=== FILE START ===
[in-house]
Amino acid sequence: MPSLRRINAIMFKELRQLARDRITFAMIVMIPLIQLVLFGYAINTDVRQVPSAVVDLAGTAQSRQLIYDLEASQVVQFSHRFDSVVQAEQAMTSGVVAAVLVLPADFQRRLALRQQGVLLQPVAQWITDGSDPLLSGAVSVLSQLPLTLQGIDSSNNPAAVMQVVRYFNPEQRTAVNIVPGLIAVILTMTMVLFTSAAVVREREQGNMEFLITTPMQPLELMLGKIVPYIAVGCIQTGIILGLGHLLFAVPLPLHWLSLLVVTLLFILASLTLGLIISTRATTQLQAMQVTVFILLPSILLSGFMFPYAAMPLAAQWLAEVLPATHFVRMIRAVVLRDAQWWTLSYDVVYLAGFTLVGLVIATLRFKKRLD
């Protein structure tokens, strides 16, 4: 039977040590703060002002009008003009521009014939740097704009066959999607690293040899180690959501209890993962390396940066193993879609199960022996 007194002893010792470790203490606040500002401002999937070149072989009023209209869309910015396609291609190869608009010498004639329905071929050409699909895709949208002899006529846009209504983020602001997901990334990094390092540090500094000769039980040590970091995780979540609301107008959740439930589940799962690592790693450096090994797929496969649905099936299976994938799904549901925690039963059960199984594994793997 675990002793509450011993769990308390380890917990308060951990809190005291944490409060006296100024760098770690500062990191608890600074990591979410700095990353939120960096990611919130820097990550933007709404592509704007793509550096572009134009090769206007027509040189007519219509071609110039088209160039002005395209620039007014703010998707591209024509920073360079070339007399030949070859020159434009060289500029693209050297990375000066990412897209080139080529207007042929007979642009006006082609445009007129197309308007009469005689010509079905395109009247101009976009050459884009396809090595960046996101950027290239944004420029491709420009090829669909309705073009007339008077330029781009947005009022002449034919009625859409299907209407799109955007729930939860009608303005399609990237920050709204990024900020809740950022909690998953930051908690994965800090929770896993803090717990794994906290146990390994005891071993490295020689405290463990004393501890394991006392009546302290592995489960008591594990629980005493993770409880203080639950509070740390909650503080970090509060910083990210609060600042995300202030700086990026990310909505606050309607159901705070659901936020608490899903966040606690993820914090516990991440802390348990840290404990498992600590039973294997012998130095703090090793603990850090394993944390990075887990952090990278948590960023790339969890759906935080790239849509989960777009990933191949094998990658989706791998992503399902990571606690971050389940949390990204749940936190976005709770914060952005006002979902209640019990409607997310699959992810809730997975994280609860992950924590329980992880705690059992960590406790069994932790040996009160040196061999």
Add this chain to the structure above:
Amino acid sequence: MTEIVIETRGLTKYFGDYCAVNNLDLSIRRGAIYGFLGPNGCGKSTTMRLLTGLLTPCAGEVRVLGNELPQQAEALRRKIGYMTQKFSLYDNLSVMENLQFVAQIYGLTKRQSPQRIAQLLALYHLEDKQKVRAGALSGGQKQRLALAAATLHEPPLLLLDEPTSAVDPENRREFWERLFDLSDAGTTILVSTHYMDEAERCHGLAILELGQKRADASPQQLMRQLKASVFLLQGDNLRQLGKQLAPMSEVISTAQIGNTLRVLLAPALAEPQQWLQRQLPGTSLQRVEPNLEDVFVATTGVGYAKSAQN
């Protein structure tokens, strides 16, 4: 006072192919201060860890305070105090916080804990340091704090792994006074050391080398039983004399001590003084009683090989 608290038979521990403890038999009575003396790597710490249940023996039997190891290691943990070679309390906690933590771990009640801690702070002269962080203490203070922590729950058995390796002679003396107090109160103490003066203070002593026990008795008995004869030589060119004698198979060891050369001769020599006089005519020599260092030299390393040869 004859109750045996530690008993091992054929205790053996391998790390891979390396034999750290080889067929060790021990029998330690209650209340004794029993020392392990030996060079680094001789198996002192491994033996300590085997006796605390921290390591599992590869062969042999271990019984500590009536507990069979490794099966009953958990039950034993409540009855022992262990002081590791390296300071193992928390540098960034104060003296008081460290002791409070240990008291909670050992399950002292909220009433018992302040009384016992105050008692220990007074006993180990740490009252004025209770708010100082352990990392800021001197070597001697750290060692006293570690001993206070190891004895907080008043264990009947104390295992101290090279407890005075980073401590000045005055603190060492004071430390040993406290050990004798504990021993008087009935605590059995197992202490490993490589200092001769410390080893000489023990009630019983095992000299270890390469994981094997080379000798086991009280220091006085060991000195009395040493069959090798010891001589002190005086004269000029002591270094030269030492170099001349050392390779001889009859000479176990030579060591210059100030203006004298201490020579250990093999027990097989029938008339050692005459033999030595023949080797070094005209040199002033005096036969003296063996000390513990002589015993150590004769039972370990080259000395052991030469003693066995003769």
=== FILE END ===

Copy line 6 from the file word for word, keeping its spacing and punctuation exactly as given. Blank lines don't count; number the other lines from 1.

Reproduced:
């Protein structure tokens, strides 16, 4: 006072192919201060860890305070105090916080804990340091704090792994006074050391080398039983004399001590003084009683090989 608290038979521990403890038999009575003396790597710490249940023996039997190891290691943990070679309390906690933590771990009640801690702070002269962080203490203070922590729950058995390796002679003396107090109160103490003066203070002593026990008795008995004869030589060119004698198979060891050369001769020599006089005519020599260092030299390393040869 004859109750045996530690008993091992054929205790053996391998790390891979390396034999750290080889067929060790021990029998330690209650209340004794029993020392392990030996060079680094001789198996002192491994033996300590085997006796605390921290390591599992590869062969042999271990019984500590009536507990069979490794099966009953958990039950034993409540009855022992262990002081590791390296300071193992928390540098960034104060003296008081460290002791409070240990008291909670050992399950002292909220009433018992302040009384016992105050008692220990007074006993180990740490009252004025209770708010100082352990990392800021001197070597001697750290060692006293570690001993206070190891004895907080008043264990009947104390295992101290090279407890005075980073401590000045005055603190060492004071430390040993406290050990004798504990021993008087009935605590059995197992202490490993490589200092001769410390080893000489023990009630019983095992000299270890390469994981094997080379000798086991009280220091006085060991000195009395040493069959090798010891001589002190005086004269000029002591270094030269030492170099001349050392390779001889009859000479176990030579060591210059100030203006004298201490020579250990093999027990097989029938008339050692005459033999030595023949080797070094005209040199002033005096036969003296063996000390513990002589015993150590004769039972370990080259000395052991030469003693066995003769």